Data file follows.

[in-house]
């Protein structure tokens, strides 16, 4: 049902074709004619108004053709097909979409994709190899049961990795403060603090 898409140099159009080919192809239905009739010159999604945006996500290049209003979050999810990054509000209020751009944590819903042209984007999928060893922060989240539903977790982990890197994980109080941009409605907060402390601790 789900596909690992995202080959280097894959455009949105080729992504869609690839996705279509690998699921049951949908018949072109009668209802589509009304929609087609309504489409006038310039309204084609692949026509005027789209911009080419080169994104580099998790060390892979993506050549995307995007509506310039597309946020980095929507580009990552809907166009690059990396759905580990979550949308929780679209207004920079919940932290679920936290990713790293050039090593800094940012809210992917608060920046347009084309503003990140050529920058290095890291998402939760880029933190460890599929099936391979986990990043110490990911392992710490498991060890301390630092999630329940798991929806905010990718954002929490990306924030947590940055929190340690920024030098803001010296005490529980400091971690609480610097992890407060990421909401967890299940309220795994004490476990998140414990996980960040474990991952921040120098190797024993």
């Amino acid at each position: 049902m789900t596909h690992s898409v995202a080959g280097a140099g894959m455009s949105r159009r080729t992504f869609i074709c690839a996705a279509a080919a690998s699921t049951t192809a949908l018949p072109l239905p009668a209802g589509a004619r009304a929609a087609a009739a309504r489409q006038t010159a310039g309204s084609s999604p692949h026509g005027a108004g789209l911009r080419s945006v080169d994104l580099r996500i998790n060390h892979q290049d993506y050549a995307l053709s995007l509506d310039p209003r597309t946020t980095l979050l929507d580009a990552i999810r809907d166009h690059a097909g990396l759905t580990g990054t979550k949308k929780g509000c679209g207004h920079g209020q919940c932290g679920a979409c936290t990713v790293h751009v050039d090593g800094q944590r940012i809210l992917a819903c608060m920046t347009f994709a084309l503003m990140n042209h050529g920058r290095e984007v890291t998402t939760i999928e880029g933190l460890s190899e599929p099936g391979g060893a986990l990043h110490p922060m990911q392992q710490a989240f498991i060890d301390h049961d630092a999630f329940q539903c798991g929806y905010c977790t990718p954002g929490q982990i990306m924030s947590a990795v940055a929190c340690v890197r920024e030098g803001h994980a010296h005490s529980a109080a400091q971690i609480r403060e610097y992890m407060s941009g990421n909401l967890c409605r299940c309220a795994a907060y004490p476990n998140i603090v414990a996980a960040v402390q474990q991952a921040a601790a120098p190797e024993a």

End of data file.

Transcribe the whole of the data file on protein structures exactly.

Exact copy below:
[in-house]
């Protein structure tokens, strides 16, 4: 049902074709004619108004053709097909979409994709190899049961990795403060603090 898409140099159009080919192809239905009739010159999604945006996500290049209003979050999810990054509000209020751009944590819903042209984007999928060893922060989240539903977790982990890197994980109080941009409605907060402390601790 789900596909690992995202080959280097894959455009949105080729992504869609690839996705279509690998699921049951949908018949072109009668209802589509009304929609087609309504489409006038310039309204084609692949026509005027789209911009080419080169994104580099998790060390892979993506050549995307995007509506310039597309946020980095929507580009990552809907166009690059990396759905580990979550949308929780679209207004920079919940932290679920936290990713790293050039090593800094940012809210992917608060920046347009084309503003990140050529920058290095890291998402939760880029933190460890599929099936391979986990990043110490990911392992710490498991060890301390630092999630329940798991929806905010990718954002929490990306924030947590940055929190340690920024030098803001010296005490529980400091971690609480610097992890407060990421909401967890299940309220795994004490476990998140414990996980960040474990991952921040120098190797024993």
């Amino acid at each position: 049902m789900t596909h690992s898409v995202a080959g280097a140099g894959m455009s949105r159009r080729t992504f869609i074709c690839a996705a279509a080919a690998s699921t049951t192809a949908l018949p072109l239905p009668a209802g589509a004619r009304a929609a087609a009739a309504r489409q006038t010159a310039g309204s084609s999604p692949h026509g005027a108004g789209l911009r080419s945006v080169d994104l580099r996500i998790n060390h892979q290049d993506y050549a995307l053709s995007l509506d310039p209003r597309t946020t980095l979050l929507d580009a990552i999810r809907d166009h690059a097909g990396l759905t580990g990054t979550k949308k929780g509000c679209g207004h920079g209020q919940c932290g679920a979409c936290t990713v790293h751009v050039d090593g800094q944590r940012i809210l992917a819903c608060m920046t347009f994709a084309l503003m990140n042209h050529g920058r290095e984007v890291t998402t939760i999928e880029g933190l460890s190899e599929p099936g391979g060893a986990l990043h110490p922060m990911q392992q710490a989240f498991i060890d301390h049961d630092a999630f329940q539903c798991g929806y905010c977790t990718p954002g929490q982990i990306m924030s947590a990795v940055a929190c340690v890197r920024e030098g803001h994980a010296h005490s529980a109080a400091q971690i609480r403060e610097y992890m407060s941009g990421n909401l967890c409605r299940c309220a795994a907060y004490p476990n998140i603090v414990a996980a960040v402390q474990q991952a921040a601790a120098p190797e024993a």